Jeopardy! record-holder Ken Jennings thinks a face-off with James Holzhauer, who came up short of the all-time earnings record, is "inevitable."
"It's got to be inevitable," Jennings, 44, told Good Morning America Thursday. "But Jeopardy! only does those special tournaments so often... And obviously I can't get 29-year-old Ken to show up with his sleek, 29-year-old brain, it's got to be me with my broke down brain."
Jennings still holds the record for winning 74 games in a row, winning $2,520,700 during that span. It is the most winnings ever in regular Jeopardy! gameplay, and just $56,484 more than Holzhauer. However, Holzhauer only needed 32 games to reach $2,464,216 in winnings.
"For many years I have assumed that the record is beatable," Jennings said. "It seemed like he might be the guy, the chosen one, so I was very excited. I wanted to see it come down to the wire, I wanted to see if it could be beaten because I think it can be done."
Jennings said Holzhauer getting so close was a testament to "how fragile a Jeopardy! streak is."
Jennings compared Holzhauer's gameplay to Watson, the IBM supercomputer that famously beat Jennings in a special Jeopardy! episode in 2011.
"Watching James on that show, he feels as close to Watson as you can get and still have a pulse," he told Good Morning America. "My guess is playing against James is going to be a lot like playing against Watson."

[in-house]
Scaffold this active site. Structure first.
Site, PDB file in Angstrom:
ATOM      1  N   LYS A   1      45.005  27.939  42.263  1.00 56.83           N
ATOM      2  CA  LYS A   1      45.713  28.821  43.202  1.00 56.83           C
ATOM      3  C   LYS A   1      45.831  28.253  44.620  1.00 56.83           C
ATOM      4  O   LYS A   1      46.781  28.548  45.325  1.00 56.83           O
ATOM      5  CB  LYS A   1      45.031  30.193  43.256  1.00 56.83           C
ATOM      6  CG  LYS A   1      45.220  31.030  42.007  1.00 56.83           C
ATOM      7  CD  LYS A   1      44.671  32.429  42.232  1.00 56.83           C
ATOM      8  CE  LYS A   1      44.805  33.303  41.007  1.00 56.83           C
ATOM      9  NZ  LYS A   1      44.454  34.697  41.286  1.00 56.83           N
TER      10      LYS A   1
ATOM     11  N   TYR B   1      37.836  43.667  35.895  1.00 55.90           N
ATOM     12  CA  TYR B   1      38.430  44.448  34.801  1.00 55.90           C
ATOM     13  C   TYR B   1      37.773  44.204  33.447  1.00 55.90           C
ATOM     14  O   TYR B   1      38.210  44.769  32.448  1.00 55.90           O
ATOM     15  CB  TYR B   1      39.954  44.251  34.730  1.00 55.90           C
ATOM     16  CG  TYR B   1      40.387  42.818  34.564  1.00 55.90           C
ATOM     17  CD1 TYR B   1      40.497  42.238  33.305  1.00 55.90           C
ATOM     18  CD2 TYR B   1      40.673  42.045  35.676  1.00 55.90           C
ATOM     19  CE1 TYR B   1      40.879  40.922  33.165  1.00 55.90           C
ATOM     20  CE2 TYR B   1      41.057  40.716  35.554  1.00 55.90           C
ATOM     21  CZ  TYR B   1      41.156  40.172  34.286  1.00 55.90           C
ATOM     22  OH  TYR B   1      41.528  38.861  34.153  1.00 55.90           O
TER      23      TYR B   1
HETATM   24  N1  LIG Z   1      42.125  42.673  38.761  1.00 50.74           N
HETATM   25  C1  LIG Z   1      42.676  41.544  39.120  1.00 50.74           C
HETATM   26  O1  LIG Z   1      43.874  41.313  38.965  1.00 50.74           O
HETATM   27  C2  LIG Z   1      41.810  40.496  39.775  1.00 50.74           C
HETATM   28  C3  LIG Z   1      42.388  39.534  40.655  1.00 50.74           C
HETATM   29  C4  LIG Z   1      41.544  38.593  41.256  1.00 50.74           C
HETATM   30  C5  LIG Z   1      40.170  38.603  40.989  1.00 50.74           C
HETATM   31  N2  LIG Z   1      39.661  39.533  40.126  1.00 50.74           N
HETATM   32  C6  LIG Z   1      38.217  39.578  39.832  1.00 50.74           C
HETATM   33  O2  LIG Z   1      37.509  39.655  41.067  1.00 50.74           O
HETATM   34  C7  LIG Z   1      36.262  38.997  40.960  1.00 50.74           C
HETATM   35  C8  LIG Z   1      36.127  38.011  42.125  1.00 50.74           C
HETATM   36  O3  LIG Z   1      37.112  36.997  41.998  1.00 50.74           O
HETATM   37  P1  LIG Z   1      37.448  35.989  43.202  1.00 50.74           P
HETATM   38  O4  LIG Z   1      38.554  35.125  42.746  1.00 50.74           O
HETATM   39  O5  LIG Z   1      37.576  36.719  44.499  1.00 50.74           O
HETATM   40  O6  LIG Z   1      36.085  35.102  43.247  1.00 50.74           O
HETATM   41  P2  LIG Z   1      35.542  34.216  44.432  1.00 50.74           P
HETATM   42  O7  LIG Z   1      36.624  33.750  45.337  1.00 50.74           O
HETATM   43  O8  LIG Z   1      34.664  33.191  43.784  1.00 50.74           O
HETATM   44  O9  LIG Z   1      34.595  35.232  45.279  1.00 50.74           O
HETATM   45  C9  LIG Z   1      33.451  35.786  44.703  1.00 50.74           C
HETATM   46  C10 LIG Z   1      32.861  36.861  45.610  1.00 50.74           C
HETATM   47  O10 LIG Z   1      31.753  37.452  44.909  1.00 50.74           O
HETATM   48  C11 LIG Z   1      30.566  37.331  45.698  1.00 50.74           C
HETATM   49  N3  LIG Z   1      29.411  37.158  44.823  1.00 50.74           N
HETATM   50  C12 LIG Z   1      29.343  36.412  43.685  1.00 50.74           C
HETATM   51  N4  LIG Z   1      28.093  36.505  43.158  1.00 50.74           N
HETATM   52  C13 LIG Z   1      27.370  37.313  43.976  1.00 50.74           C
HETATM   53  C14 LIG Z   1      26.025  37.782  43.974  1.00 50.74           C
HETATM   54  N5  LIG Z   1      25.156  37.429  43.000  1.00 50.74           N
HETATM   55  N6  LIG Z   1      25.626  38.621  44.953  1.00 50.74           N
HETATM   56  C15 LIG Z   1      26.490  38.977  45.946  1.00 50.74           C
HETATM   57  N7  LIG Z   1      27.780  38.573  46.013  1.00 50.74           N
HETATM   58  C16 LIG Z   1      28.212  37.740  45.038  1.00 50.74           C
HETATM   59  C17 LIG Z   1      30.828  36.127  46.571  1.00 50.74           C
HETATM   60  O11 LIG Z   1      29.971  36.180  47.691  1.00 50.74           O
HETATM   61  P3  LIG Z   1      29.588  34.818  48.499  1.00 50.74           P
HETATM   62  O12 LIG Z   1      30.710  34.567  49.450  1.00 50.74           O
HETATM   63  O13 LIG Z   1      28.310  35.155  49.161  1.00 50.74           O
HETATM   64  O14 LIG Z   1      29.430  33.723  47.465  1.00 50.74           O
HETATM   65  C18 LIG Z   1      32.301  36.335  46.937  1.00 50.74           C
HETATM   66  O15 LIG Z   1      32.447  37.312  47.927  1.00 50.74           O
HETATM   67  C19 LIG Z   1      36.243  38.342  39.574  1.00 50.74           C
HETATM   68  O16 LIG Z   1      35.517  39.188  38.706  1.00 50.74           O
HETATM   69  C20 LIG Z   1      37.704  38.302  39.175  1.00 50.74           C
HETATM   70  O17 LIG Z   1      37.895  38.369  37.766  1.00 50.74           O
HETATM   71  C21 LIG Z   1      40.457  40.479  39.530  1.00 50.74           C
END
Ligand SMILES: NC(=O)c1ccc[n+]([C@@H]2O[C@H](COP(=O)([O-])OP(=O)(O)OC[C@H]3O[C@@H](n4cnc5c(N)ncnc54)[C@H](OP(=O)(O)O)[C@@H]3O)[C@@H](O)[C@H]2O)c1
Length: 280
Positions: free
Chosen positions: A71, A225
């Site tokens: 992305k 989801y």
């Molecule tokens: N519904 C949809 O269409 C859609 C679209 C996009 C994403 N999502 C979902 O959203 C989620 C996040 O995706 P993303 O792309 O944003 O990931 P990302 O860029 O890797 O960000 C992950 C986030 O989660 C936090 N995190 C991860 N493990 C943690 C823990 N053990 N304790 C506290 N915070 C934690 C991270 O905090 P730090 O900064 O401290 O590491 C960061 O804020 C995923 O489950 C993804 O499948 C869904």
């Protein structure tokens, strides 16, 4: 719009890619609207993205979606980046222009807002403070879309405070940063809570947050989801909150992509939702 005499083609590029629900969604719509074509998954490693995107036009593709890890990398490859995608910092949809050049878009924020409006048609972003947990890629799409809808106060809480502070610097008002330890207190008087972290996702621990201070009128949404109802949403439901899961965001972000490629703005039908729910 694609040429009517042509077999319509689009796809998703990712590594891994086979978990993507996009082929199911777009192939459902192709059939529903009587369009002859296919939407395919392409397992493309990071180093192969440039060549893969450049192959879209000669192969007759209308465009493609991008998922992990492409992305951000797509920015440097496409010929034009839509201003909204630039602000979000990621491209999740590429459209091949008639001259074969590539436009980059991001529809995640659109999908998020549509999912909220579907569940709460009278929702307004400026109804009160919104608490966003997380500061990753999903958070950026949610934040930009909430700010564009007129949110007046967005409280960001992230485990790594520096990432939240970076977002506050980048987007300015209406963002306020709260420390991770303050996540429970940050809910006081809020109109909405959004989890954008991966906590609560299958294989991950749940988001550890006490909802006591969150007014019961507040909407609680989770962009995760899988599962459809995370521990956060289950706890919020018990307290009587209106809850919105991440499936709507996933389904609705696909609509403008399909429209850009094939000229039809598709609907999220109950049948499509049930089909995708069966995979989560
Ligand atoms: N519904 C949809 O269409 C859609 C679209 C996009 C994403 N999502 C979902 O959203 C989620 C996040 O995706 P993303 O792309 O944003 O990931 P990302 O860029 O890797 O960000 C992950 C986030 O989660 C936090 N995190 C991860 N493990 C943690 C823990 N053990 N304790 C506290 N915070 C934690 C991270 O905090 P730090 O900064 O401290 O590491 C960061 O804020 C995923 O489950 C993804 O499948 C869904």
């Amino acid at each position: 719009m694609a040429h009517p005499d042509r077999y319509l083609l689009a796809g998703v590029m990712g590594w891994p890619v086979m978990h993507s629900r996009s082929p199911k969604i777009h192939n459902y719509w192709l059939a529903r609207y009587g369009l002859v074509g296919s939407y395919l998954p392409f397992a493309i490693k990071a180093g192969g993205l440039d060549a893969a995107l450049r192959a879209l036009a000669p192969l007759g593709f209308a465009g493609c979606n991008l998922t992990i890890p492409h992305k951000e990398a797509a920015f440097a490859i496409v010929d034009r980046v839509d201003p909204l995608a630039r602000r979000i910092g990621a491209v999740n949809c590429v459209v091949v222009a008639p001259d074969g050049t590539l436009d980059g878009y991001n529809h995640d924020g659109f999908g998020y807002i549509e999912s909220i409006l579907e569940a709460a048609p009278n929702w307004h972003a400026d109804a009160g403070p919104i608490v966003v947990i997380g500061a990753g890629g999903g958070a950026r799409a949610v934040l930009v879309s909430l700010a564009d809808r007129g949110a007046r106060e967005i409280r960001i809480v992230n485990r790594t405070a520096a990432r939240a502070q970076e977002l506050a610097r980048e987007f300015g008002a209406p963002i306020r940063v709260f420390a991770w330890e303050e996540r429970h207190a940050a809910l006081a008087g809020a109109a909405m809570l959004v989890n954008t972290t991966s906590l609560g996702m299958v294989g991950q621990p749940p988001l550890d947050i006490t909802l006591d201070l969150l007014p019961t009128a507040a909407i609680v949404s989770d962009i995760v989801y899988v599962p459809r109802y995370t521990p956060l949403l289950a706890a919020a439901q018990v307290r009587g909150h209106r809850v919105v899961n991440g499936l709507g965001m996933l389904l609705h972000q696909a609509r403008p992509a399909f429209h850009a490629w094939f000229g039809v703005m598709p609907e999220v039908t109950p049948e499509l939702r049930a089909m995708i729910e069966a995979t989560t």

Jennings said he has spoken to Holzhauer through emails and offered some advice.
"I just told him like take some time to think about what it is you want, because you do have a window, like do you want a different job, do you have a book idea, do you have a podcast idea?" Jennings said. "Because make some phone calls, now is the time."
When it comes to other young people, Jennings said thinks anyone who feels they are different to "follow your obsessions and "wear those on your sleeves."
"You don't always feel like you fit in as the smart kid, you become aware at a certain age that it's not a hit with girls to know Captain Kirk's middle name. So I would kind of hide that know-it-all part of myself," Jennings said. "I love that there is less of stigma now against being any kind of a nerd or a geek. It's OK to let your freak flag fly."
Jennings recently visited the Jeopardy! set to spend time with host Alex Trebek, who is battling stage 4 pancreatic cancer.
"I think in recent months he had been doing the show in some pain from his cancer treatments but that day he was in good spirits," Jennings told GMA. "That day as soon as the cameras turn on he can turn it on and he can turn into Alex Trebek, that really means a lot to America."0comments
Late last month, Trebek said his tumors have "shrunk by more than 50 percent," but still has a long way to go.
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